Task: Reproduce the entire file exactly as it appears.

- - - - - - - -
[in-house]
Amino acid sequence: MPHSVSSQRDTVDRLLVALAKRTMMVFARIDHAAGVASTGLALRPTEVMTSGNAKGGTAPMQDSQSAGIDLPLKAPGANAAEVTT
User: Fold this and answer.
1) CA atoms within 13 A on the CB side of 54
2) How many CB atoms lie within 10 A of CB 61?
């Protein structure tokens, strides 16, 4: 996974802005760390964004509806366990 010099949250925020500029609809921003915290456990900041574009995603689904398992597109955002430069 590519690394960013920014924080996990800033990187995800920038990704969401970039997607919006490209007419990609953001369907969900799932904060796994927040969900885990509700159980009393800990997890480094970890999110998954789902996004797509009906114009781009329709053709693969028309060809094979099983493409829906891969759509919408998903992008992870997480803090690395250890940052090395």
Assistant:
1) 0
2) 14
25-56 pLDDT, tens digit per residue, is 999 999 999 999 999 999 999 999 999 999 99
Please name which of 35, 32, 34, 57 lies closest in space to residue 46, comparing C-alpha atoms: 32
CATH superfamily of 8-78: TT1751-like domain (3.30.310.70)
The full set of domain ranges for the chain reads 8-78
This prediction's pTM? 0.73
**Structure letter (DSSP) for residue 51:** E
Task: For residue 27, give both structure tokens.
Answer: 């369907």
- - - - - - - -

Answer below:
[in-house]
Amino acid sequence: MPHSVSSQRDTVDRLLVALAKRTMMVFARIDHAAGVASTGLALRPTEVMTSGNAKGGTAPMQDSQSAGIDLPLKAPGANAAEVTT
User: Fold this and answer.
1) CA atoms within 13 A on the CB side of 54
2) How many CB atoms lie within 10 A of CB 61?
């Protein structure tokens, strides 16, 4: 996974802005760390964004509806366990 010099949250925020500029609809921003915290456990900041574009995603689904398992597109955002430069 590519690394960013920014924080996990800033990187995800920038990704969401970039997607919006490209007419990609953001369907969900799932904060796994927040969900885990509700159980009393800990997890480094970890999110998954789902996004797509009906114009781009329709053709693969028309060809094979099983493409829906891969759509919408998903992008992870997480803090690395250890940052090395």
Assistant:
1) 0
2) 14
25-56 pLDDT, tens digit per residue, is 999 999 999 999 999 999 999 999 999 999 99
Please name which of 35, 32, 34, 57 lies closest in space to residue 46, comparing C-alpha atoms: 32
CATH superfamily of 8-78: TT1751-like domain (3.30.310.70)
The full set of domain ranges for the chain reads 8-78
This prediction's pTM? 0.73
**Structure letter (DSSP) for residue 51:** E
Task: For residue 27, give both structure tokens.
Answer: 């369907």